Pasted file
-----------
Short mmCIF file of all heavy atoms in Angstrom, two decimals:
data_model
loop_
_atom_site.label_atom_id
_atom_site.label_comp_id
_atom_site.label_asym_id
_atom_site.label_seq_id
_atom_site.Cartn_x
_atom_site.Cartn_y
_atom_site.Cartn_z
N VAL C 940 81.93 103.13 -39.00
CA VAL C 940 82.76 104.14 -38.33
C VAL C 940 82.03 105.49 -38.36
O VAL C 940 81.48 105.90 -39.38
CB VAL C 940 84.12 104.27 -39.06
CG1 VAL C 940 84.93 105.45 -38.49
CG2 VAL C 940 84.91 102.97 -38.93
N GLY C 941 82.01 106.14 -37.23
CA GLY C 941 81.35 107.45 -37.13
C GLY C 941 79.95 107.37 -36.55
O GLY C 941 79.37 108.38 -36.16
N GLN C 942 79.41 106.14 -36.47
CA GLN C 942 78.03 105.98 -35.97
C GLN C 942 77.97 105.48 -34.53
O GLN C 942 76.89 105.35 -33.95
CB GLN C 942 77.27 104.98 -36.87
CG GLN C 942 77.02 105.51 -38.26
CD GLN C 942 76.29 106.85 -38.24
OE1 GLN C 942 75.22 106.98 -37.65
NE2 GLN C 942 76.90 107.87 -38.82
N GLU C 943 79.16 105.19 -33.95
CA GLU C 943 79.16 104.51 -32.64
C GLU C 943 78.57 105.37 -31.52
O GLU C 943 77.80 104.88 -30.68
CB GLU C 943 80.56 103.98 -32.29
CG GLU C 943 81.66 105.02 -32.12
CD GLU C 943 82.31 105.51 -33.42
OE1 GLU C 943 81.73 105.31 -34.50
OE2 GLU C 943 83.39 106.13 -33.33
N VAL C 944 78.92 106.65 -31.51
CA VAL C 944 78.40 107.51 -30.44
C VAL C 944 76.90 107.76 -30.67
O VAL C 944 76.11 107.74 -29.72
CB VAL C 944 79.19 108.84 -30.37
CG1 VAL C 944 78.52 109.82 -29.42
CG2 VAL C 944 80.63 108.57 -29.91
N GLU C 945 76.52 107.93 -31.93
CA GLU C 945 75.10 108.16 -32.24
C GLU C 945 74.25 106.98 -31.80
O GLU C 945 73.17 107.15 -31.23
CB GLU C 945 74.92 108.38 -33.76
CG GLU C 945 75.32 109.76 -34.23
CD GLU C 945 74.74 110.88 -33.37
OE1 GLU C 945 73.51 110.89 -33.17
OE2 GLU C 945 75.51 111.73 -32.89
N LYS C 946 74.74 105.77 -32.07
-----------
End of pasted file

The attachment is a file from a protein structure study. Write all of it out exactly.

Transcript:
Short mmCIF file of all heavy atoms in Angstrom, two decimals:
data_model
loop_
_atom_site.label_atom_id
_atom_site.label_comp_id
_atom_site.label_asym_id
_atom_site.label_seq_id
_atom_site.Cartn_x
_atom_site.Cartn_y
_atom_site.Cartn_z
N VAL C 940 81.93 103.13 -39.00
CA VAL C 940 82.76 104.14 -38.33
C VAL C 940 82.03 105.49 -38.36
O VAL C 940 81.48 105.90 -39.38
CB VAL C 940 84.12 104.27 -39.06
CG1 VAL C 940 84.93 105.45 -38.49
CG2 VAL C 940 84.91 102.97 -38.93
N GLY C 941 82.01 106.14 -37.23
CA GLY C 941 81.35 107.45 -37.13
C GLY C 941 79.95 107.37 -36.55
O GLY C 941 79.37 108.38 -36.16
N GLN C 942 79.41 106.14 -36.47
CA GLN C 942 78.03 105.98 -35.97
C GLN C 942 77.97 105.48 -34.53
O GLN C 942 76.89 105.35 -33.95
CB GLN C 942 77.27 104.98 -36.87
CG GLN C 942 77.02 105.51 -38.26
CD GLN C 942 76.29 106.85 -38.24
OE1 GLN C 942 75.22 106.98 -37.65
NE2 GLN C 942 76.90 107.87 -38.82
N GLU C 943 79.16 105.19 -33.95
CA GLU C 943 79.16 104.51 -32.64
C GLU C 943 78.57 105.37 -31.52
O GLU C 943 77.80 104.88 -30.68
CB GLU C 943 80.56 103.98 -32.29
CG GLU C 943 81.66 105.02 -32.12
CD GLU C 943 82.31 105.51 -33.42
OE1 GLU C 943 81.73 105.31 -34.50
OE2 GLU C 943 83.39 106.13 -33.33
N VAL C 944 78.92 106.65 -31.51
CA VAL C 944 78.40 107.51 -30.44
C VAL C 944 76.90 107.76 -30.67
O VAL C 944 76.11 107.74 -29.72
CB VAL C 944 79.19 108.84 -30.37
CG1 VAL C 944 78.52 109.82 -29.42
CG2 VAL C 944 80.63 108.57 -29.91
N GLU C 945 76.52 107.93 -31.93
CA GLU C 945 75.10 108.16 -32.24
C GLU C 945 74.25 106.98 -31.80
O GLU C 945 73.17 107.15 -31.23
CB GLU C 945 74.92 108.38 -33.76
CG GLU C 945 75.32 109.76 -34.23
CD GLU C 945 74.74 110.88 -33.37
OE1 GLU C 945 73.51 110.89 -33.17
OE2 GLU C 945 75.51 111.73 -32.89
N LYS C 946 74.74 105.77 -32.07